We invite acclaimed and outstanding photographers, artists, writers and curators who work collaboratively and in the fields of community photography and socially engaged photography to join us, to give important historical context, to debate contemporary approaches and to talk about their practice at this time of political uncertainty, international crisis and creeping right wing ideologies. Each have different approaches to making their work, to engaging with individuals and communities and to telling stories. They have been artist, story teller, observer, collaborator, explorer and researcher.
Some collaborate closely with community members, marginalised groups and those with little or no opportunity to speak out, others offer a more external perspectives on social issues and situations. Does one offer a better more ethical way? Is it important to come from a community or do you become too involved? Is objectivity important? How do we ensure the engagement is sincere and does not exploit? And where does the artist and author feature in the work?
The role of photography is changing, particularly as work is commissioned and made for exhibition and gallery settings. Photography can impart the greatest truth of our times and sheds light on injustices, inequality and other aspects of our society. It has been and remains one of the strongest vehicles for change as photographers explore polities, gender, society, sexuality, diversity, economics and environment. It seems today – a time of political unrest, flux and crisis – more essential than ever to explore the role that photography can play.
During the Symposium we will hear from the perspective of the photographer, curator and academic. They share our concerns about the present and offer a diverse range of practices, experiences and stories that document the state of humanity and the world today.
The State of Photography Symposium aims to present new bodies of work, question and challenge ideas, as well as offering advice and talking about positive approaches to influence change, provoke, prompt and give a voice. We will hear from and celebrate those that create self-initiated projects and commissioned bodies of work and see a range of photographic practices that are at the cutting edge of photography now.
- Daniel Meadows
- Anthony Luvera
- Julian Germain
- Clementine Schneidermann
- John Hillman
- Liz Wewiora
- Anand Chhabra
- Sam Ivin
- Concession: £18
- Standard: £25
*Please note prices include tea/coffee at registration but do not include lunch.Book your tickets here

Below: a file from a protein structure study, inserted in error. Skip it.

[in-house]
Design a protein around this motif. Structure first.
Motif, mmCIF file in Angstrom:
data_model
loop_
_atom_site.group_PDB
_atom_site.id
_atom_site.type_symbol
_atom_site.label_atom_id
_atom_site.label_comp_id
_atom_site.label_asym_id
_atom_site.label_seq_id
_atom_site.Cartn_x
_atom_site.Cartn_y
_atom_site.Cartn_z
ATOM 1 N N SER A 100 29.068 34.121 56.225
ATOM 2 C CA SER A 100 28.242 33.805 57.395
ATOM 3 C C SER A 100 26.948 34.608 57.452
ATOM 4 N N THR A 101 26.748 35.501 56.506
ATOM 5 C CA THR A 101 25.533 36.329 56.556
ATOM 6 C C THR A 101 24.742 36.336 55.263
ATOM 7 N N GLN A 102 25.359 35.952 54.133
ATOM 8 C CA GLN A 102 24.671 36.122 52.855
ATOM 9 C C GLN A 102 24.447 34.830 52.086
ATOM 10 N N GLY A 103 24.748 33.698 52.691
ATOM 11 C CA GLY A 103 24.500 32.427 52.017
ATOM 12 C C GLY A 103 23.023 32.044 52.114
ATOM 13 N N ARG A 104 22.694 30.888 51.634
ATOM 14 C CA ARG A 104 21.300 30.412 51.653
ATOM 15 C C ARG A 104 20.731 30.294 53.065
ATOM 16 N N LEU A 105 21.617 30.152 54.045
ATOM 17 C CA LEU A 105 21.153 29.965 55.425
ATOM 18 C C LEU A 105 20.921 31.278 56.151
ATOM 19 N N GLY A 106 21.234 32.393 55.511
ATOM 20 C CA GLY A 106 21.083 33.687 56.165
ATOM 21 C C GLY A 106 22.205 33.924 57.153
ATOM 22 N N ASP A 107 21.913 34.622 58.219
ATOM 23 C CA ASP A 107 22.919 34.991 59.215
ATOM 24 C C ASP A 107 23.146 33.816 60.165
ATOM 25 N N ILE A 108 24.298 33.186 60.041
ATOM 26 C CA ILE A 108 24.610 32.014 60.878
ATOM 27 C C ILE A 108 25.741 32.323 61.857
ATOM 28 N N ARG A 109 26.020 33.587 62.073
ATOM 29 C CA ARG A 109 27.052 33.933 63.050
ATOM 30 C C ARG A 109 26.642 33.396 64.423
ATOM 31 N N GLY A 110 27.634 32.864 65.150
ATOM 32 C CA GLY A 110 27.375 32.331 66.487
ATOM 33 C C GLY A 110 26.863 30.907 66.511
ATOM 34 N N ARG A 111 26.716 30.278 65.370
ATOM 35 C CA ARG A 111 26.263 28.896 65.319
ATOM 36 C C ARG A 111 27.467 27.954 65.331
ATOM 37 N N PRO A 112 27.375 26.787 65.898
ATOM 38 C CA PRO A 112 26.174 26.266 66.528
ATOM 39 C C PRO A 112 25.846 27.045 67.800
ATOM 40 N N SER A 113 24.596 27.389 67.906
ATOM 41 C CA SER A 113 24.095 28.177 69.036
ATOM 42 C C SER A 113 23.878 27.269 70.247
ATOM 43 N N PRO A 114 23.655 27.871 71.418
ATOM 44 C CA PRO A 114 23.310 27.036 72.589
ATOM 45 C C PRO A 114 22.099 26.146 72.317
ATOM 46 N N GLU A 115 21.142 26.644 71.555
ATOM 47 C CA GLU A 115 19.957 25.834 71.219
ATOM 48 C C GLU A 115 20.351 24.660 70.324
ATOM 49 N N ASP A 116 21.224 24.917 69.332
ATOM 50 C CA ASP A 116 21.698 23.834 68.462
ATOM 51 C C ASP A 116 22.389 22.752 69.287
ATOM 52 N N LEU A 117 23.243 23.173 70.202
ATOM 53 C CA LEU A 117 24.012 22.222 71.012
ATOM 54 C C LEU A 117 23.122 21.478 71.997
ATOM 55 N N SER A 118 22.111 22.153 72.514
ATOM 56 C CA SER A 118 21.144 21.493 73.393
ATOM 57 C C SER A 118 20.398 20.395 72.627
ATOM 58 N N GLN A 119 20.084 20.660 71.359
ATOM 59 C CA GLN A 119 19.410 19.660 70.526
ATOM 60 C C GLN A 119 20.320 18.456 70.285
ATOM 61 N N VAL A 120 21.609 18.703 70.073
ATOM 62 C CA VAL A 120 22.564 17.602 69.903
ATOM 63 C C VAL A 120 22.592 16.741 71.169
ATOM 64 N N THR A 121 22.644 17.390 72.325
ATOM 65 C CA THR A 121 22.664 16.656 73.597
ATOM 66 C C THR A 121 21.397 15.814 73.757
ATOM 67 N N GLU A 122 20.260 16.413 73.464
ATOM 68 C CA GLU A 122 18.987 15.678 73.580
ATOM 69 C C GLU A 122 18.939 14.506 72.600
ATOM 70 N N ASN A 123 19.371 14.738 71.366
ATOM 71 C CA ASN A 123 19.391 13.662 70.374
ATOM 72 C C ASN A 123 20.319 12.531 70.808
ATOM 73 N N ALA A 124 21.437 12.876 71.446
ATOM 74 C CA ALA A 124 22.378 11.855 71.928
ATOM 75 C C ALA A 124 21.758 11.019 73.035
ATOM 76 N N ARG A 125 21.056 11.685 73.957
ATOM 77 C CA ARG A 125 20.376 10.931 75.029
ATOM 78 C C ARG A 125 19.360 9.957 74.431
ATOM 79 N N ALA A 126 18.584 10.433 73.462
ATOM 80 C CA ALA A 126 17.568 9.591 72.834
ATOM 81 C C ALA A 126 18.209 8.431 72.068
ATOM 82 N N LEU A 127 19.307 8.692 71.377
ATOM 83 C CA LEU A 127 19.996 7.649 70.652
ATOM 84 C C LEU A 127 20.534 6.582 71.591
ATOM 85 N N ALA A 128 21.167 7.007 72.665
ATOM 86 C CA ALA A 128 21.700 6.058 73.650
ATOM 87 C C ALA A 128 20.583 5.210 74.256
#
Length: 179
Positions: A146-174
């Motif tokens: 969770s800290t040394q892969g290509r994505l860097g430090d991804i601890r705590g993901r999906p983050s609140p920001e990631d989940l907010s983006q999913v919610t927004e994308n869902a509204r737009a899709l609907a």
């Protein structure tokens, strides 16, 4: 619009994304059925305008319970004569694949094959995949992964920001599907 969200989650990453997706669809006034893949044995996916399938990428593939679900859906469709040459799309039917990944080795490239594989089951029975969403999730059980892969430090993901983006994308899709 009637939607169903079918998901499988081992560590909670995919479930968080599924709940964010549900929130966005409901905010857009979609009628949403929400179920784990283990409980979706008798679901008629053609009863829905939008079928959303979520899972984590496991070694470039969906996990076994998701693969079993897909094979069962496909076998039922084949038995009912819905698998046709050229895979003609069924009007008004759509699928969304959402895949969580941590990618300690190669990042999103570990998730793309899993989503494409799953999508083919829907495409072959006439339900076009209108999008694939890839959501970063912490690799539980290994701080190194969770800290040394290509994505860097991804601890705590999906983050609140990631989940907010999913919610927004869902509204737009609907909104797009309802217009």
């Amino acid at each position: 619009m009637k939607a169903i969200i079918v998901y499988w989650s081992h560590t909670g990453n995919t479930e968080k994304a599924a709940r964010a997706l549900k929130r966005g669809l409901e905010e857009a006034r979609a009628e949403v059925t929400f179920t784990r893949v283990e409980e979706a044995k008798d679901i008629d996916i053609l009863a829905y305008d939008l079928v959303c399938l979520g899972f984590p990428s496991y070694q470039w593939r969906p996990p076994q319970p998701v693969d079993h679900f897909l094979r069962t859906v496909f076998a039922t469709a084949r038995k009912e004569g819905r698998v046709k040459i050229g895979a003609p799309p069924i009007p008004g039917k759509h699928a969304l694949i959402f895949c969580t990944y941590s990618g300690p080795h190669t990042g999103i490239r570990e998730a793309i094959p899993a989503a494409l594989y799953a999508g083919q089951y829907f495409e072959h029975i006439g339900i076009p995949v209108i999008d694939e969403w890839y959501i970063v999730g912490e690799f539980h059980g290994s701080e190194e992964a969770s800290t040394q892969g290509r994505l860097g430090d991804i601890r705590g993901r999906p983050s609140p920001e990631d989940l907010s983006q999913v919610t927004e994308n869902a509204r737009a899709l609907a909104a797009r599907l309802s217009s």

Image Credit: (c) Daniel Meadows. Portrait from the Free Photographic Omnibus. Barrow-in-Furness, November 1974.
FORMAT, QUAD (Derby) and GRAIN Projects (Birmingham) are delighted to announce a new collaborative project that will provide fifteen emerging artists and photographers with a professional development opportunity. This is the third East Meets West collaboration and follows two very successful previous editions.
During the Masterclass sessions industry and art form leaders will share their knowledge and practical advice on developing a successful career, self-initiated marketing, self-publishing, methods and applying for and obtaining funding. The sessions will also include guidance on portfolio development, production techniques, editing and sequencing for publications, expanding ideas and research, writing exhibition interpretation and project statements, exhibition layout and curation. The programme will also offer group portfolio review sessions where reviewers will provide feedback regarding work and current projects.
The Masterclass programme aims to offer guidance in a supportive collaborative learning environment in order to allow photographers to build confidence in their practice and network with fellow practitioners. The programme will offer a platform for participants to receive personal guidance and participate in career focussed discussions that will make a difference to their work and contribute to their professional development.
Masterclass participants will be given a chance to share their work at a dedicated FORMAT PhotoForum event. There will also be a production budget provided for participants to work as a collective to create a self-directed joint outcome of their choosing, such as a newspaper, publication, event or exhibition.